Song of The Year-College Girls by P-Lo featuring Skizzy Mars
People who love fun hip pop music were a little let down by Lil Yachty’s debut album Teenage Emotions which turned out to be oppressively long and confusingly muddled with several elements that don’t serve Yachty well. If you are looking for the album to fill what Yachty was supposed to achieve P-Lo has done it with his new album More Than Anything.
It’s not fair to compare Yachty to P-Lo because the latter is a veteran who has worked closely with IAMSU for years and helped build the ratchet sound. P-Lo produces his own music as well as handing out bangers to other people. He knows exactly what works about his sound and builds on it without straying from it.
College Girls is the best example of P-Lo cracking the code on an earwig hit. The autotune isn’t overwhelming; the content is playfully sexual but not insulting. The baseline is amazing. Neither Yachty nor P-Lo are the world’s best MC but both have the ability to give the listener what they want, I vote for More Than Anything not just because it is six songs shorter but it is a tight shot group of the fun P-Lo knows I want to have. All the guests are in the right places. He’s been around too long to worry about proving anything. For P-Lo every song needs to win and as a listener I appreciate that.
Mixtape Review-Meekend Music by Meek Mill
The notion that your diss song is better so you kill your opponent’s careers is as real as Santa. Santa is grounded in a real factual dude from who cares how long ago who did stuff for his neighborhood but that dude is gone. The notion that Drake made a good song out of his response to Meek’s angry twitter feed and now Meek is over… is hilarious. That is probably how it worked for Busy Bee and Kool Moe Dee but let’s not pretend this hip hop is that hip hop. In this hip hop world what happened to Meek was great.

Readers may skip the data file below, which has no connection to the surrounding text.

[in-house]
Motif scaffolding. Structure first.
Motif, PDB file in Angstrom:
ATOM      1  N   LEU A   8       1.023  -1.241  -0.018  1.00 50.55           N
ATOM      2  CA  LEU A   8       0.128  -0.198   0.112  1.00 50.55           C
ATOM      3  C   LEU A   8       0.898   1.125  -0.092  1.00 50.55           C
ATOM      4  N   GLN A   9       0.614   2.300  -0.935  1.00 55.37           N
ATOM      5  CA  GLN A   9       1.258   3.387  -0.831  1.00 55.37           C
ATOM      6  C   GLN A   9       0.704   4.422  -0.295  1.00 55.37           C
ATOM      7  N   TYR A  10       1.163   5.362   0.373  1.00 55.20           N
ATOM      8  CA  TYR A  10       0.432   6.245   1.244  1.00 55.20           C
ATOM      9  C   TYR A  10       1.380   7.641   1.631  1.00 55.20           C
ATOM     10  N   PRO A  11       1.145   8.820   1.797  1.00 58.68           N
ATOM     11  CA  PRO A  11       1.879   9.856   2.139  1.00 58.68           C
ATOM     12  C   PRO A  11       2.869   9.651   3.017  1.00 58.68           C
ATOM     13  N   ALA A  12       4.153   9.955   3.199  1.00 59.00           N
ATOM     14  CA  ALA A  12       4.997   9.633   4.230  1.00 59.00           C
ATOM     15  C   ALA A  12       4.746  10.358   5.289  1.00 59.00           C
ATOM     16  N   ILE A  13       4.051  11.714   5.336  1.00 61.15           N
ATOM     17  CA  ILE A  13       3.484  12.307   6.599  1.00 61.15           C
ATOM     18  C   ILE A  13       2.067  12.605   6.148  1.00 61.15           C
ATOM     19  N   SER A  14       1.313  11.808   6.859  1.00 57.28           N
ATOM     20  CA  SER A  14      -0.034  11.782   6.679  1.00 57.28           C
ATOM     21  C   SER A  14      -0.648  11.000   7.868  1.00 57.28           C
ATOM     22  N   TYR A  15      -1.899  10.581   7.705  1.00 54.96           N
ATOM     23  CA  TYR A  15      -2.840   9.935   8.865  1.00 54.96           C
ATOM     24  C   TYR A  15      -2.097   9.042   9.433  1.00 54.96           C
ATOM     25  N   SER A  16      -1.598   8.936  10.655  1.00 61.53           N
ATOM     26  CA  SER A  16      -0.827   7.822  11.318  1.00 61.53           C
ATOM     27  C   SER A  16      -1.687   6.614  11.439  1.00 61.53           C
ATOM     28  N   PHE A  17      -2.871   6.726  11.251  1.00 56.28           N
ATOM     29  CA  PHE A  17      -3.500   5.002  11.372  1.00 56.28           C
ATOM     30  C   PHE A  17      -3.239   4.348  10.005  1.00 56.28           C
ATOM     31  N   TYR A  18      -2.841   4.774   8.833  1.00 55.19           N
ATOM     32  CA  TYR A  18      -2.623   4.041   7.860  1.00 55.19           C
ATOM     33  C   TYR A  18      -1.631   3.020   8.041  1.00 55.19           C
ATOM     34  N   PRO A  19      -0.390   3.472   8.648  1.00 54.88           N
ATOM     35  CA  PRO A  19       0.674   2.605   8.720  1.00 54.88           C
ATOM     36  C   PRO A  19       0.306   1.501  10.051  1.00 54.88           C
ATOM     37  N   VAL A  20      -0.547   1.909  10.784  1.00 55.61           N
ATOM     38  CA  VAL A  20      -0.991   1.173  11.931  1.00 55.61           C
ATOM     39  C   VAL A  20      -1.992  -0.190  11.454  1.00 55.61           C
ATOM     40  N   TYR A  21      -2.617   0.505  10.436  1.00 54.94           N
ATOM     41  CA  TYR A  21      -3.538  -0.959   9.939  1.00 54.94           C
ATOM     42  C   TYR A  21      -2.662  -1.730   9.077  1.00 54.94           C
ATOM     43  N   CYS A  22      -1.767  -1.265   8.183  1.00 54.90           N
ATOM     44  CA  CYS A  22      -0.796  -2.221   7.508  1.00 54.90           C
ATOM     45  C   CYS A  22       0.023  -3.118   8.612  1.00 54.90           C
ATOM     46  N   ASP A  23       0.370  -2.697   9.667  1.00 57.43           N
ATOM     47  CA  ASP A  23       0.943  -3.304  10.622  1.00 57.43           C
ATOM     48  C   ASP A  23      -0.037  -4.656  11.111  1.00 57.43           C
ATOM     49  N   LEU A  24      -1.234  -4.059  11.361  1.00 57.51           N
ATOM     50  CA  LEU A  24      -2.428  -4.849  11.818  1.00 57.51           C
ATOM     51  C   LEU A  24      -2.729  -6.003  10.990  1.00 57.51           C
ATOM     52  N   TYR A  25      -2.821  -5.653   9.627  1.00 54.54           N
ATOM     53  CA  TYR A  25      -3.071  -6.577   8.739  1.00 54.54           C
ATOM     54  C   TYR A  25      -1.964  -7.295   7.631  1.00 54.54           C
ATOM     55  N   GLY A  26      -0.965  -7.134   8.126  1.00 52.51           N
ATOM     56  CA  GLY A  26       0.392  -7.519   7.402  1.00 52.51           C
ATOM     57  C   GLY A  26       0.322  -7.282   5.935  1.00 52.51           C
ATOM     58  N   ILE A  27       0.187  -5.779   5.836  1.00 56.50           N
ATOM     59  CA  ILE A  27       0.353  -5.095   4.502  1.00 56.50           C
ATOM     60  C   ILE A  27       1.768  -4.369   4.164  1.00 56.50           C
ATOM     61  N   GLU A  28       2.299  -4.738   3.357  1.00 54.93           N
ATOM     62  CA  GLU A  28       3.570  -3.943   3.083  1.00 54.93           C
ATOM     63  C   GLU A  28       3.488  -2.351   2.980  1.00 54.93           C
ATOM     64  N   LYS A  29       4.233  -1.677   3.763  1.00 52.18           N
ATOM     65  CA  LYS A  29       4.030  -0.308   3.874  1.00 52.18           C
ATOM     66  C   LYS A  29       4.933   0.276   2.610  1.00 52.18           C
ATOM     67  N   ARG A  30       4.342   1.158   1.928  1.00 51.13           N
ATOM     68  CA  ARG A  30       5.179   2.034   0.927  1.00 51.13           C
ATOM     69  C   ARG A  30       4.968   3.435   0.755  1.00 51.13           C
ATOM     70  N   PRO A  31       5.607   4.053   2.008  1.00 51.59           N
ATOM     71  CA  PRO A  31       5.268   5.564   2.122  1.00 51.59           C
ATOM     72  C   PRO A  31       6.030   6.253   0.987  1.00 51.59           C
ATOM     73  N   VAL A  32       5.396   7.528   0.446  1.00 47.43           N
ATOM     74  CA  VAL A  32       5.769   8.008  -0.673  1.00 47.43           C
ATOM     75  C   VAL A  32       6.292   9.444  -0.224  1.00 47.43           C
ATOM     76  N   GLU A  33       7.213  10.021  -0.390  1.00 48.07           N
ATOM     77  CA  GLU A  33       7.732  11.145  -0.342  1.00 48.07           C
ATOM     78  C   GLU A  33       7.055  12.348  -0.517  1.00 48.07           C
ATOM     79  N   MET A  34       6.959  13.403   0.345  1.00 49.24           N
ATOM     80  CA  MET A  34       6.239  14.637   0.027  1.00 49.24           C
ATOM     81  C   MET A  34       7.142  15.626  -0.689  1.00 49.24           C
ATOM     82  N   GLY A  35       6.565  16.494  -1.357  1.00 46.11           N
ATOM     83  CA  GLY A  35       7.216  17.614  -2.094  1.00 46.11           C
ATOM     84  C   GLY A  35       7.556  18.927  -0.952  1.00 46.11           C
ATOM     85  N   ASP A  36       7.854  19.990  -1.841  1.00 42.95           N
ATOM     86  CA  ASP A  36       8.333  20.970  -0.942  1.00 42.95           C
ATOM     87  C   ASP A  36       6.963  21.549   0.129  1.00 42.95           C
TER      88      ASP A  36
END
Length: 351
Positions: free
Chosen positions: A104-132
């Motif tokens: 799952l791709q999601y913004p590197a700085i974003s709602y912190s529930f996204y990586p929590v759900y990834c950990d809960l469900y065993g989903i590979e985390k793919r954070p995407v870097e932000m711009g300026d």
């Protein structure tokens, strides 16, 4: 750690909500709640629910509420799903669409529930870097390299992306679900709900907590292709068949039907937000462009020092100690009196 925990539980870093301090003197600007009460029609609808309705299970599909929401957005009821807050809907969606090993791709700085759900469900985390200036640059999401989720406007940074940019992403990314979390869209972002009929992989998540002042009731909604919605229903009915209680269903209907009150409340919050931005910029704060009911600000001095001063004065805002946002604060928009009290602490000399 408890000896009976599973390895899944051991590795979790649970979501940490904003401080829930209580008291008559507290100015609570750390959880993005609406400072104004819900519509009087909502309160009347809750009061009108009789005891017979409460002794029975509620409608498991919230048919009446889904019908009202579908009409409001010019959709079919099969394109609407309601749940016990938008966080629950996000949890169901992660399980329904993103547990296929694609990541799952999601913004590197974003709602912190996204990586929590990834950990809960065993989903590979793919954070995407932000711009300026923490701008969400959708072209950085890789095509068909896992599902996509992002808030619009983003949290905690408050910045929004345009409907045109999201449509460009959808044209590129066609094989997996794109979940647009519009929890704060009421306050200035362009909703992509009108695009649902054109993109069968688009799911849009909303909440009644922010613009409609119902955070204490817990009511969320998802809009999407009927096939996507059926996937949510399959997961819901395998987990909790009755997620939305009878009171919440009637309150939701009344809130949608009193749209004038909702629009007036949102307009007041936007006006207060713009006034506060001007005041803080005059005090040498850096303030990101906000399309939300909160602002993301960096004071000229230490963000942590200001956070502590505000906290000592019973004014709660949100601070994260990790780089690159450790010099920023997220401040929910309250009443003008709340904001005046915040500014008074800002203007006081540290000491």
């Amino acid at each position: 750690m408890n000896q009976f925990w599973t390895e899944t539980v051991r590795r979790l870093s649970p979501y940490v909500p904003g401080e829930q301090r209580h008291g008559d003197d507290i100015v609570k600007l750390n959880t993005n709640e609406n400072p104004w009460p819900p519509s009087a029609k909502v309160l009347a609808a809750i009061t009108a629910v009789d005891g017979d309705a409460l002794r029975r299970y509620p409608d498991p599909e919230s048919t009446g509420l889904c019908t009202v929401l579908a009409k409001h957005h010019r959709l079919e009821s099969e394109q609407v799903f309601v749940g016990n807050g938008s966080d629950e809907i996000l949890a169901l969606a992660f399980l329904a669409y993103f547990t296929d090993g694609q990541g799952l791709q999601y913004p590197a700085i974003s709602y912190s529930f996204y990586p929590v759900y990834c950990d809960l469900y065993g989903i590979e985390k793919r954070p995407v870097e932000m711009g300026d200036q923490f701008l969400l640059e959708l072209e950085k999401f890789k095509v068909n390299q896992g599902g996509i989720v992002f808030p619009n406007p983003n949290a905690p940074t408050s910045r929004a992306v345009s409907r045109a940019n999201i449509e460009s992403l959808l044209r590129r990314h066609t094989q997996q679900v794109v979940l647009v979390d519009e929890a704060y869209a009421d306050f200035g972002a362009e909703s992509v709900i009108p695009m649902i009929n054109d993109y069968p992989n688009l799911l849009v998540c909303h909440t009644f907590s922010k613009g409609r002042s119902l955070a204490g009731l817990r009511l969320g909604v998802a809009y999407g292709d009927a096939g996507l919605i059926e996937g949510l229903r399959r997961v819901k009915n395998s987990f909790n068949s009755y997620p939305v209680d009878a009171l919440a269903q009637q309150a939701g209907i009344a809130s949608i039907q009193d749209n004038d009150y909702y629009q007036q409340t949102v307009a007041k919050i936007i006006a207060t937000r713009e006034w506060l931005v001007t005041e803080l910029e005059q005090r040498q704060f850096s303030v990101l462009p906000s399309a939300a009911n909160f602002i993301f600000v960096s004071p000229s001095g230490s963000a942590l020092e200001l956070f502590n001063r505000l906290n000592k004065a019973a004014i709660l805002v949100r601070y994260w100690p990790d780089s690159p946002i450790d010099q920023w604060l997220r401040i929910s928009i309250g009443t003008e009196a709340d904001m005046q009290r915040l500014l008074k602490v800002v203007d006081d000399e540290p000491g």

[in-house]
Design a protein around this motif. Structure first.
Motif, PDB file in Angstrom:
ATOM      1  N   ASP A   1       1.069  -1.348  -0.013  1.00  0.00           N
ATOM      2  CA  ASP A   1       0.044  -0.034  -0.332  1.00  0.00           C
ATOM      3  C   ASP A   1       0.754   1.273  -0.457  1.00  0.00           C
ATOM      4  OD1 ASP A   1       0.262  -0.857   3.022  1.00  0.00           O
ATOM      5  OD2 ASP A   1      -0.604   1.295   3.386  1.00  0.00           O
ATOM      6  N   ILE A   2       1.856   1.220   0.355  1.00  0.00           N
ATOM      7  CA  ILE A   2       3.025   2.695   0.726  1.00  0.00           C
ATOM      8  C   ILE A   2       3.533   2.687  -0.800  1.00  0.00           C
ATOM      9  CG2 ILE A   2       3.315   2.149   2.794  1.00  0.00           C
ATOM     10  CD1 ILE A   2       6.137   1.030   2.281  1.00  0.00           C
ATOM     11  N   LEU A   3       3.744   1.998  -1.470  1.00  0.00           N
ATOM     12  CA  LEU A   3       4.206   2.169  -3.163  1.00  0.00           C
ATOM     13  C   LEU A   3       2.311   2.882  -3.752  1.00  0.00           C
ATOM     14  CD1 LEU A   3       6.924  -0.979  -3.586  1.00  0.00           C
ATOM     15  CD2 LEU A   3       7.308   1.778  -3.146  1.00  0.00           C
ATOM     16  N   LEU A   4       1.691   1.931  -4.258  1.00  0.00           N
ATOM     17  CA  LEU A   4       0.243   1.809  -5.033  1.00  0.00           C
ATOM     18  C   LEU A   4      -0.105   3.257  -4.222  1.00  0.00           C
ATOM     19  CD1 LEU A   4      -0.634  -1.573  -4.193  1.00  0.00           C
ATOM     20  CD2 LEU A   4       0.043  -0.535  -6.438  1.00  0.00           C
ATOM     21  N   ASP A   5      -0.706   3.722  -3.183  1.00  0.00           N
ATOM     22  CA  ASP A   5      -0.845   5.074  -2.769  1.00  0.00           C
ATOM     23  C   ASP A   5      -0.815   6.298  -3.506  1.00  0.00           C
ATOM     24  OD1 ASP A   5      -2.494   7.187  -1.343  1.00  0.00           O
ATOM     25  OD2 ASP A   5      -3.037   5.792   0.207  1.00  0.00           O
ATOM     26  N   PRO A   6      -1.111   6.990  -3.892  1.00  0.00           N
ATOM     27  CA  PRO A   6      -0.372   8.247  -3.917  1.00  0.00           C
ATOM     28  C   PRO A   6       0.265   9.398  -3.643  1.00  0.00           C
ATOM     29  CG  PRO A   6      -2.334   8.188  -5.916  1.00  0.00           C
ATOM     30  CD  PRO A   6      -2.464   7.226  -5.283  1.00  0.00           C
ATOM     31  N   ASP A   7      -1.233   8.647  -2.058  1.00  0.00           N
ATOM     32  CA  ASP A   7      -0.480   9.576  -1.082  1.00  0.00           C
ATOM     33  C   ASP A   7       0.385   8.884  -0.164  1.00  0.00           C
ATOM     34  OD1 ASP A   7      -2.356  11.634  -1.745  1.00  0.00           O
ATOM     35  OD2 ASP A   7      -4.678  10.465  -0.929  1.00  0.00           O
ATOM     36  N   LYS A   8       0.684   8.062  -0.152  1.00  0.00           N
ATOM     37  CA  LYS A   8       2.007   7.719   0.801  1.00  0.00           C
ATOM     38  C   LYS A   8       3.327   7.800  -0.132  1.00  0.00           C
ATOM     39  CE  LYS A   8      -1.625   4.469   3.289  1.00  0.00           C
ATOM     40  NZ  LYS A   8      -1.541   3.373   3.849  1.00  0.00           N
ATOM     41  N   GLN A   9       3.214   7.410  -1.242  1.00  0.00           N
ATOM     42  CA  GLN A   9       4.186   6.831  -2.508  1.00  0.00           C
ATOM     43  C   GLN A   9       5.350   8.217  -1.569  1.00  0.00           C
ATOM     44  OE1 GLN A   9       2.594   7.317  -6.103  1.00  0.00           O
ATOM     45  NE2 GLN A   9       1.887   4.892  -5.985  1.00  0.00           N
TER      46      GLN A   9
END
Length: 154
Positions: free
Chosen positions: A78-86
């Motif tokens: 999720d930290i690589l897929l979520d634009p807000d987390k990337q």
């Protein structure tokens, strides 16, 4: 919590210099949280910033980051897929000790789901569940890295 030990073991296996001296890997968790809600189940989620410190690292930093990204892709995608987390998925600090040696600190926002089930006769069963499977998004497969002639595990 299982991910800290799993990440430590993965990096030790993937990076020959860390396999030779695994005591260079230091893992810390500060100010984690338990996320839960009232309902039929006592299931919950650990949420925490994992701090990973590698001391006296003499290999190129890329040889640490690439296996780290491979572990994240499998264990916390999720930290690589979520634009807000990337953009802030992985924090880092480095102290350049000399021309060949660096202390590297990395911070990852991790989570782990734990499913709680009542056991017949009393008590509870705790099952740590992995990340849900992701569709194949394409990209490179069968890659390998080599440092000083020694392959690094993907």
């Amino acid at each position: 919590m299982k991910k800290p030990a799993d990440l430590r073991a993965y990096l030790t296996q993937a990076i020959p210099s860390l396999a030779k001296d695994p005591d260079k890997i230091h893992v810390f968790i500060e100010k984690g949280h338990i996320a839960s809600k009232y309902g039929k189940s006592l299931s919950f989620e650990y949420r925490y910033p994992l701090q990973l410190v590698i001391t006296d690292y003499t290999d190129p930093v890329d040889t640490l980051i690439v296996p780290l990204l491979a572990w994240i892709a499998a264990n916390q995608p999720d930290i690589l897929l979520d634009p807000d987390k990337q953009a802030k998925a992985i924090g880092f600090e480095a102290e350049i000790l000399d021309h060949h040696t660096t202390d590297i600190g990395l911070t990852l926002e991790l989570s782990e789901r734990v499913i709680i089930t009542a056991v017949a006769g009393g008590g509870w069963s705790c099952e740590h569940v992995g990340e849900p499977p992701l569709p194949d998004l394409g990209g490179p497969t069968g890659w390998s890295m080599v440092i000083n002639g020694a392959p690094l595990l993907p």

My proof is Meekend Music, the three song EP he dropped with two guests (A$AP Ferg & Young Thug). It showcases perfectly the two rules in any great Meek Mill release.
- The production needs to be weird. It’s not that Meek gets bored if the production is boring, normal Meek is good but just listen to the first song Lay. Honorable C-Note gives a trap beat pumped up by horns, with a marching band feeling and Meek delivers the best bars he has in years. The weirder the beat is (the more forward momentum it carries) the more snarling Meek gets and snarling is exactly who he really is. This is why it makes sense for A$AP Ferg to pop in; Ferg owns his gross tough guy chic and in order for Meek to achieve his best possible outcome he will need to do similar. The difference between the two is that Meek is great at fast flowing over beats that race against him. He loves to be pushed. Backboard puts him next to Young Thug and it makes more sense than most would think because while Meek has Philly tough as nails rap roots he’s also secretly weird and it is a key part of what makes him special.
- Too much Meek Mill is not good. If I had my way all his projects would be ten songs or less. On Meekend Music he doesn’t yell nearly as much as he has in the past(the beef and break up with Nicki seem to have focused him in on lyricism) but he has been guilty of yelling in place of real content before. Instead we get Left Hollywood where he reaffirms his identity and every emphasized second counts. Even when he isn’t shouting Meek has a tough time with album transitions and showcasing different dimensions on the journey of the listener. He needs to blast off and leave you wide eyed wanting more which is what Meekend Music is all about.
I hope he gets meaner and closer to his real on court personality. In basketball terms he is an Isiah Thomas, a smiling prince who is meaner than his competition. He cannot look to his left or right and cheat off his peers for answers. He is not in Drake’s lane he is in Raekwon’s lane. He has all the components to do great things and all this beefing did was stoke the drive. Now he just needs the right setting.
Stream or download Meekend Music below:
#BandcampGold-Scapegoat by KGFREEZE
As someone who is fanatical for music I do not resent the layer on the outside of the onion of interest. The layer on the outside is composed of folks who just like songs going behind them: they don’t know the artists, album, and producer and that’s a valid way to live. The layer underneath them is the problem. The poacher who checks pitchfork and follows up only to find “classics” to brag about. Beyond how annoying the condescending “Have you heard __” conversation is, it puts pressure on artists to always seek perfection which is not how art works.
The poacher robs the process of transitions.